In the 1940s, Henri Matisse, infirm and often bedridden, began to explore cut papers as his sole means of expression. Radically experimenting with the “cut-outs” (this formal method, now considered autonomous works of art in and of themselves) allowed Matisse to continue his exploration of color, decorative strategy, and economy of means, and, to push himself to a whole other level.
So here is Matisse, confined to his bed. And he now comes to see that these cut-outs, which he first used as a simple visual tool to map out and plan large scale projects, as a means for him to continue his work despite his limited range of movement. Working from a chair or bed, he could cut out paper shapes and easily pin them to a board. Or he could draw, with charcoal attached to a long bamboo wand, and continue to work at a large scale despite his confinement. He turned his bedroom into a small replica of the Chapelle du Rosaire de Vence, a late commission to design the stained glass windows, and eventually the chapel itself, including the vestments for the priests. He executed all these designs using the cut-out technique.
“I have needed all that time to reach the stage where I can say what I want to say.” (Henri Matisse)
For most of the modern movement, radical progress of content accompanied radical experimentation with form. Since many historical disciplines and categories are fading from cultural memory and practice, and the interdisciplinary has become the established default term, maybe it is finally time to take up Yvonne Rainer on her suggestion and “admit the aged body into the historical rabble.” Real limitations define the aging body, and these limitations can open a pathway to rethink, not only our own artistic practices, but also the traditional definitions of dancemaking in general. The new limitations of the “how” will necessarily rethink or rework the “what” of the form.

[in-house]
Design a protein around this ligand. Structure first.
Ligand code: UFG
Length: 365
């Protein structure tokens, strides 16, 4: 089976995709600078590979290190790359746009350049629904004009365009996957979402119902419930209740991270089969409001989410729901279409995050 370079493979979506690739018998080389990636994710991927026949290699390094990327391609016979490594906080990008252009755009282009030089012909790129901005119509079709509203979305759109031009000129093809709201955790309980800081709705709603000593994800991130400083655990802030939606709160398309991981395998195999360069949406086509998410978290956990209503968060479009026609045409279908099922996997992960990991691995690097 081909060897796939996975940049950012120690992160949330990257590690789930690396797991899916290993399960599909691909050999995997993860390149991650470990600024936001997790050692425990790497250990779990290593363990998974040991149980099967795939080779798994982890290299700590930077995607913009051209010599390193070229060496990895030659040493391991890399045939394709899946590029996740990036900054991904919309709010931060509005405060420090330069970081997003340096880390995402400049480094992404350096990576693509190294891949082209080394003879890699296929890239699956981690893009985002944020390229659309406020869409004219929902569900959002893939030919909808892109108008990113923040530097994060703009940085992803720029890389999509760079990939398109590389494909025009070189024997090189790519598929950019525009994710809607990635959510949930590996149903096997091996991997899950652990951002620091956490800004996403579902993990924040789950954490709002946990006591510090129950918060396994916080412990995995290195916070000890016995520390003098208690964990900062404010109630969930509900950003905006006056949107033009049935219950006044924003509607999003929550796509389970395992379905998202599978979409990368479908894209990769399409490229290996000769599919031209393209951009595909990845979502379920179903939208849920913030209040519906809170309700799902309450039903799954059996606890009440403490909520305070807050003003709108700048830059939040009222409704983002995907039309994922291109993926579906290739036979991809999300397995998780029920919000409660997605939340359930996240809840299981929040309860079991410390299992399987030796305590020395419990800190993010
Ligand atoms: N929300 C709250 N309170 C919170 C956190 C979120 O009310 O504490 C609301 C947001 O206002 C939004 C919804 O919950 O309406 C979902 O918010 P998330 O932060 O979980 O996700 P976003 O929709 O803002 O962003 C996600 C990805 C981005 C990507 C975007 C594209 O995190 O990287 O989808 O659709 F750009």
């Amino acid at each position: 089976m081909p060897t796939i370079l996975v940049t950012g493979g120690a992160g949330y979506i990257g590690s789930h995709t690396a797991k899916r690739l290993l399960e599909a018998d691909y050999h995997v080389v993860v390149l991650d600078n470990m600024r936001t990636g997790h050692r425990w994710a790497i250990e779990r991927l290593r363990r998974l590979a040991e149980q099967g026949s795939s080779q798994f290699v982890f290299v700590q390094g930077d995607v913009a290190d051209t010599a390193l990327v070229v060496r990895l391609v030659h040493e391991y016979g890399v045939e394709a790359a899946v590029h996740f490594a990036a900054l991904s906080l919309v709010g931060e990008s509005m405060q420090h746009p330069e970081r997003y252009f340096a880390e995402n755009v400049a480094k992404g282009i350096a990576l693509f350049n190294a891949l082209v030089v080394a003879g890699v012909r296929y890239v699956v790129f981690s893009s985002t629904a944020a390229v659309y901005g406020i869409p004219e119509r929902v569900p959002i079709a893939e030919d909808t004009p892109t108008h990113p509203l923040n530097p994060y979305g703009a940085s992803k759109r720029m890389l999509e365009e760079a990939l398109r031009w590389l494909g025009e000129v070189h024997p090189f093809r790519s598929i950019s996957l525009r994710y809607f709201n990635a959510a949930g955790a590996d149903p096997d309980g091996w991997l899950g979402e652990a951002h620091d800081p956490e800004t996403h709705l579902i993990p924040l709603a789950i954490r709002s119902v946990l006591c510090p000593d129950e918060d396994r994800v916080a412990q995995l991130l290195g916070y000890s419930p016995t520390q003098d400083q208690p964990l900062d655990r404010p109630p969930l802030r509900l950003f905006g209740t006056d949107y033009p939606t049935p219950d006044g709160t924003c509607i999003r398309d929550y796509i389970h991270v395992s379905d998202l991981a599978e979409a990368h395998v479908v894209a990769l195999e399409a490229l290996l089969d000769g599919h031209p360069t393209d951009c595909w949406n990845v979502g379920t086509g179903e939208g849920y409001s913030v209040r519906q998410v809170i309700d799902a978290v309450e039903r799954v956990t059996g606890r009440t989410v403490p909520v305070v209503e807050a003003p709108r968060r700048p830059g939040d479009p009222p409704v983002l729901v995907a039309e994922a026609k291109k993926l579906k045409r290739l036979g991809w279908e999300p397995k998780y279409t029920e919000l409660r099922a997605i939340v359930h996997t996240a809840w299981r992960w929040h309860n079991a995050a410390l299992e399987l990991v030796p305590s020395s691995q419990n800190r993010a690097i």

A recent New York Times commentary focusing on dance artists who continue to perform past the age usually associated with dancers stated, “Growing old is not for the weak, but dancing old is grit incarnate.” My sense of that statement is that it specifically referred to the challenge that comes with continuing to dance—to move the body in ways that go beyond typical pedestrian and mundane movements. To push a physicality that is often reserved for a younger, stronger, more pliable physique. Though in some sense complimentary, the statement can also imply a sense of false admiration and relegates to the aging performative body a misplaced sense of heroism or sympathy—a place where people nod their heads in knowing understanding of the challenges that accompany limitation. But real renewal does not work this way. Dance does not need older dancers doing the same old things. Age needs to offer something vital to the form itself and there is no room for sentimentality when pushing for the advancement of content through experimentation. Late style, the aging body, that aged body’s relationship to younger dancers on stage, public understanding of dance, and how to formally challenge the art form—these ideas merit investigation, not simply recognition. Dance could use some formal rethinking, and the limitations of the aging body might be just the catalyst to push the art form in new directions. Again, in the words of Yvonne Rainer commenting on herself as an aged dancer, “Pity me not!”